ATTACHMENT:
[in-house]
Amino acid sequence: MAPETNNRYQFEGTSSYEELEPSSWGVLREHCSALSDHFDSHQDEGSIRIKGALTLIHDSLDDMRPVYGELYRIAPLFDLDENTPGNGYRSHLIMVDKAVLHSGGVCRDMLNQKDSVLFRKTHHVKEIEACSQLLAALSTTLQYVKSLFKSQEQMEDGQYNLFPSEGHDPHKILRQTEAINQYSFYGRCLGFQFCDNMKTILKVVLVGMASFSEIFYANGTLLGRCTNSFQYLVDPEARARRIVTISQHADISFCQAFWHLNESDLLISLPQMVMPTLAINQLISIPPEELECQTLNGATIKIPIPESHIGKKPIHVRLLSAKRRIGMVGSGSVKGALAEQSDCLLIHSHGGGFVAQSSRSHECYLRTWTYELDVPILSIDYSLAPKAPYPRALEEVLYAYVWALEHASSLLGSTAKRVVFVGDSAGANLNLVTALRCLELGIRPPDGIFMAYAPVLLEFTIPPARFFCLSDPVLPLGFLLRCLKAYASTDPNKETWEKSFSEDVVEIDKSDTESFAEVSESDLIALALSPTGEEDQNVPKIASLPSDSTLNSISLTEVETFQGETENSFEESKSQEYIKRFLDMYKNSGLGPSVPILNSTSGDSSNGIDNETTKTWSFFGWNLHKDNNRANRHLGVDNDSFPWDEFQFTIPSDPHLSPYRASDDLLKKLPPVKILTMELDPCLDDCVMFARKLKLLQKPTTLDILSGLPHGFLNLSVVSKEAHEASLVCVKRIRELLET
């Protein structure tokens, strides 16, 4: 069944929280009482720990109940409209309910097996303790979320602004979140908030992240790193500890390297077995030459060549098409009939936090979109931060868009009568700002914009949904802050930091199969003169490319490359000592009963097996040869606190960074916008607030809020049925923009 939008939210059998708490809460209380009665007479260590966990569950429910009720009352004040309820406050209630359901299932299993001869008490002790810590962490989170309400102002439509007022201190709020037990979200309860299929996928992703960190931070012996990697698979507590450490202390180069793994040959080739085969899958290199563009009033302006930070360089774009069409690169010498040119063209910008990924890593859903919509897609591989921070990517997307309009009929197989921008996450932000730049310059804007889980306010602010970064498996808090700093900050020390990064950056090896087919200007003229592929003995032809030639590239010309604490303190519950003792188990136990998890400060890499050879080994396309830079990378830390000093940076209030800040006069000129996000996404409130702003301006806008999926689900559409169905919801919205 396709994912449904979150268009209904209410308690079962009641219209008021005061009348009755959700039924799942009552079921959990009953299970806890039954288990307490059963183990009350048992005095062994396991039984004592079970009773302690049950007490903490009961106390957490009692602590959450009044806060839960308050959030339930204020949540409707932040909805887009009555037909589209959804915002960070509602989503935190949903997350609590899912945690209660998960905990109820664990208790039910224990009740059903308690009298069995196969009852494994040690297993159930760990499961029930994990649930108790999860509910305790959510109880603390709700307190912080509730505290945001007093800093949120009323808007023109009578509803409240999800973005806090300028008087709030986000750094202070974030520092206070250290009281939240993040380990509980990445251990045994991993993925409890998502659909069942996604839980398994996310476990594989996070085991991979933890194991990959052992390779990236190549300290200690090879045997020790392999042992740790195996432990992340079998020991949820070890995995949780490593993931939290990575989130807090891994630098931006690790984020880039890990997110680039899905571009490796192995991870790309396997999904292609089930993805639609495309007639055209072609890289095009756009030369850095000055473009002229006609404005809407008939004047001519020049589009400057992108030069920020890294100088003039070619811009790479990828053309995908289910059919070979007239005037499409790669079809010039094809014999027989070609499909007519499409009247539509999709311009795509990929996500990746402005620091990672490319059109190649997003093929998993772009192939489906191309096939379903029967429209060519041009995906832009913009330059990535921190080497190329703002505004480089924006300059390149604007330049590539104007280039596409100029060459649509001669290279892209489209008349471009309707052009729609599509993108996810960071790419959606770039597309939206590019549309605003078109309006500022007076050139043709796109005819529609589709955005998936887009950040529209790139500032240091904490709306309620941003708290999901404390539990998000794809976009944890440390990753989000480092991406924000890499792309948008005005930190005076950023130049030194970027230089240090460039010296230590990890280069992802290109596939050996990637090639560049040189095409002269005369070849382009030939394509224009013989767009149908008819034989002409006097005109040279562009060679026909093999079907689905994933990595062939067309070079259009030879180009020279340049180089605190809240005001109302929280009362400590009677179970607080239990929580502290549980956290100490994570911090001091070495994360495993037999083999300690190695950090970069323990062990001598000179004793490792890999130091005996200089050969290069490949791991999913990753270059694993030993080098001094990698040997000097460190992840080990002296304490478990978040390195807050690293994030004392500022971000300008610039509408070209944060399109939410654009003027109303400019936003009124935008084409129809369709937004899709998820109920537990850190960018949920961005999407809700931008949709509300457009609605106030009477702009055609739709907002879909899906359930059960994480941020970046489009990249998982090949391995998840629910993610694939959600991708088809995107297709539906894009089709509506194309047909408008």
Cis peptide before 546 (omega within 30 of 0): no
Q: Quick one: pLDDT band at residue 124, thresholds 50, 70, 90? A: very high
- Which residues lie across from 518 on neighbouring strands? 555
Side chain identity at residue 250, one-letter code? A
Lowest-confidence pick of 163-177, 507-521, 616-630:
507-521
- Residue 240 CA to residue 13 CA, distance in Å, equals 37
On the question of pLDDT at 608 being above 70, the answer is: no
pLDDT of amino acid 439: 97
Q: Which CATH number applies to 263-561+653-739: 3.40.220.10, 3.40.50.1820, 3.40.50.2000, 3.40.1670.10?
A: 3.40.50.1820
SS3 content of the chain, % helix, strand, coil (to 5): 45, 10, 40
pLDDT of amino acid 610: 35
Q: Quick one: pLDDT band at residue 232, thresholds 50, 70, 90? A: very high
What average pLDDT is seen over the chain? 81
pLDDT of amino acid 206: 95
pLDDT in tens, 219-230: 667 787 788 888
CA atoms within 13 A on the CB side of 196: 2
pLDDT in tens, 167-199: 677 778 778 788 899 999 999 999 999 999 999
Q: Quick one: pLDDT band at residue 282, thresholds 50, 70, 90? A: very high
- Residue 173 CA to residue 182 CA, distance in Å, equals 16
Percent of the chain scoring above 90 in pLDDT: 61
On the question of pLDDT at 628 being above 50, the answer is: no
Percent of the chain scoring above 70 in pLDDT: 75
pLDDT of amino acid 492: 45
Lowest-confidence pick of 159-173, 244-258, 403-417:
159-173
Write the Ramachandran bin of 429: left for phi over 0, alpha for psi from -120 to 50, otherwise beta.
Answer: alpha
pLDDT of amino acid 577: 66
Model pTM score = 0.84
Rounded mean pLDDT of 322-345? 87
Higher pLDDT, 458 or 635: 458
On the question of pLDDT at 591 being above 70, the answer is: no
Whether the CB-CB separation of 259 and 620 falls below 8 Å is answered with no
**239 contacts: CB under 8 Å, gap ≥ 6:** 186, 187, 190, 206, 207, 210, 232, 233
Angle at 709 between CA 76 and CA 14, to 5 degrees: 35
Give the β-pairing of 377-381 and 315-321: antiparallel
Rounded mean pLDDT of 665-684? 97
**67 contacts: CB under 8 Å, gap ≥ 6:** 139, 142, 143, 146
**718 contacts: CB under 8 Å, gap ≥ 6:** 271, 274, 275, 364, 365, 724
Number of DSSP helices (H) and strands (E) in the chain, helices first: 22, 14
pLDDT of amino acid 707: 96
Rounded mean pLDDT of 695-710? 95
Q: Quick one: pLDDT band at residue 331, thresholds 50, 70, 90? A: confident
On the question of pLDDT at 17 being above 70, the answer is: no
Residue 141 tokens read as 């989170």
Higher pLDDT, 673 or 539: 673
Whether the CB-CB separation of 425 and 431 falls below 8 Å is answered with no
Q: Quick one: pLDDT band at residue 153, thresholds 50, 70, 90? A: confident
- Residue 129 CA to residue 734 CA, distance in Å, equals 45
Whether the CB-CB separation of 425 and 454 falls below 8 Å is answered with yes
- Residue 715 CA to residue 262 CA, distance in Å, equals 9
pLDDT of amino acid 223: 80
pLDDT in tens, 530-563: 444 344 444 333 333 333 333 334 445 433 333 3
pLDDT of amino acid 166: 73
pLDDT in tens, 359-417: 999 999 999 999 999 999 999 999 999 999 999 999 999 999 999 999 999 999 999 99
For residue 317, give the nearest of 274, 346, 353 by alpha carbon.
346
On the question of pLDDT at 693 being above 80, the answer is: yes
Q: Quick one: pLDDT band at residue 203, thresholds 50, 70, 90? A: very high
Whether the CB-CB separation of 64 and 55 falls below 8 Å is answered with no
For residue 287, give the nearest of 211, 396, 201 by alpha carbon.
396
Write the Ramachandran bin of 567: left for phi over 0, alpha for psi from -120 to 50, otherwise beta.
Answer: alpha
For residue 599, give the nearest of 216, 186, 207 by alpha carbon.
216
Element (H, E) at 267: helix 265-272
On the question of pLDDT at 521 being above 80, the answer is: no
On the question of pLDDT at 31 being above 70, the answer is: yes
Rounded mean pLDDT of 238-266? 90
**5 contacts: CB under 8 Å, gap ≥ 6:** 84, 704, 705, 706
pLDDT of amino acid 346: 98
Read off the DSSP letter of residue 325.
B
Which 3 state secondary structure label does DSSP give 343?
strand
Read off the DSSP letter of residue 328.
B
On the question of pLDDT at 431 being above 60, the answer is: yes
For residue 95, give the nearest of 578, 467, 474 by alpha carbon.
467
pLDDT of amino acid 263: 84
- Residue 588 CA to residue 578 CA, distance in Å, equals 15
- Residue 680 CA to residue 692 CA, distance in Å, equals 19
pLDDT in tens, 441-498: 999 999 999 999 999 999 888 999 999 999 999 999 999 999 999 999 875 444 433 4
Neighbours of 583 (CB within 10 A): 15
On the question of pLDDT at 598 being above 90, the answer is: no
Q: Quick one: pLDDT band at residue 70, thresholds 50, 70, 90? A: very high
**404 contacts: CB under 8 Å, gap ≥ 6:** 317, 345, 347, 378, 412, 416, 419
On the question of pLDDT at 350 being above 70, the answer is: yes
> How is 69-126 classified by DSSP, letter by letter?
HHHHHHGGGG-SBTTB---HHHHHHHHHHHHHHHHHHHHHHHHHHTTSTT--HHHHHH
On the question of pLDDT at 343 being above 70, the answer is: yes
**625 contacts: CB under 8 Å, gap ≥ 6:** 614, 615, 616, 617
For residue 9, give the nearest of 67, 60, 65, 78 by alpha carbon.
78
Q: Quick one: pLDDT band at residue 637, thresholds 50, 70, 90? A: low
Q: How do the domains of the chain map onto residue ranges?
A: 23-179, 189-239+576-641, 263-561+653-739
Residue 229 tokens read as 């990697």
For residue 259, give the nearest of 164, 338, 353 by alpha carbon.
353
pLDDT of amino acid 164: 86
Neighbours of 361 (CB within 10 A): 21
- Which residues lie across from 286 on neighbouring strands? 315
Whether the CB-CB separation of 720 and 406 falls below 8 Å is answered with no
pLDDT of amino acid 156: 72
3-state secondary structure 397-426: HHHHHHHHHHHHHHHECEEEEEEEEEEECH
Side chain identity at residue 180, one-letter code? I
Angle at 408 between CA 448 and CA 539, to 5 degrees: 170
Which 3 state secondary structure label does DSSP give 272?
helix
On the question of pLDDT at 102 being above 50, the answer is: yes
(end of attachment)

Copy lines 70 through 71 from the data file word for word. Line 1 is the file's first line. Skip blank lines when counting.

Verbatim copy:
For residue 599, give the nearest of 216, 186, 207 by alpha carbon.
216